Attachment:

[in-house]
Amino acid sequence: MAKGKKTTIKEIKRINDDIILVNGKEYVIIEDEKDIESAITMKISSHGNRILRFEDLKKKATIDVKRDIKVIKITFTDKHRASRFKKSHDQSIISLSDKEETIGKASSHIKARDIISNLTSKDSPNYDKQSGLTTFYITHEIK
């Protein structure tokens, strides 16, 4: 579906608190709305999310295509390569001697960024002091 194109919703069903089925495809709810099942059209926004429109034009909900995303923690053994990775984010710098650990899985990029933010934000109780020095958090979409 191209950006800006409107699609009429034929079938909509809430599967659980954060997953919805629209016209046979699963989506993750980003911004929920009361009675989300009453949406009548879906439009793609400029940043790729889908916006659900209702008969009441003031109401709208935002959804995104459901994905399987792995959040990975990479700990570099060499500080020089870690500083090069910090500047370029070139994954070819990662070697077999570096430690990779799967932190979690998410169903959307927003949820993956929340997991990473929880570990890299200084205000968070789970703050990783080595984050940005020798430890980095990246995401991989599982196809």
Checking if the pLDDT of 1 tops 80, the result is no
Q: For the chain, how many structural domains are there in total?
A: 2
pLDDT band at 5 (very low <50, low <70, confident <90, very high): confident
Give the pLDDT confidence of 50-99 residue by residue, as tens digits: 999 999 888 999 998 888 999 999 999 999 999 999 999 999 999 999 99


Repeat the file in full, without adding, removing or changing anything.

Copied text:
[in-house]
Amino acid sequence: MAKGKKTTIKEIKRINDDIILVNGKEYVIIEDEKDIESAITMKISSHGNRILRFEDLKKKATIDVKRDIKVIKITFTDKHRASRFKKSHDQSIISLSDKEETIGKASSHIKARDIISNLTSKDSPNYDKQSGLTTFYITHEIK
């Protein structure tokens, strides 16, 4: 579906608190709305999310295509390569001697960024002091 194109919703069903089925495809709810099942059209926004429109034009909900995303923690053994990775984010710098650990899985990029933010934000109780020095958090979409 191209950006800006409107699609009429034929079938909509809430599967659980954060997953919805629209016209046979699963989506993750980003911004929920009361009675989300009453949406009548879906439009793609400029940043790729889908916006659900209702008969009441003031109401709208935002959804995104459901994905399987792995959040990975990479700990570099060499500080020089870690500083090069910090500047370029070139994954070819990662070697077999570096430690990779799967932190979690998410169903959307927003949820993956929340997991990473929880570990890299200084205000968070789970703050990783080595984050940005020798430890980095990246995401991989599982196809």
Checking if the pLDDT of 1 tops 80, the result is no
Q: For the chain, how many structural domains are there in total?
A: 2
pLDDT band at 5 (very low <50, low <70, confident <90, very high): confident
Give the pLDDT confidence of 50-99 residue by residue, as tens digits: 999 999 888 999 998 888 999 999 999 999 999 999 999 999 999 999 99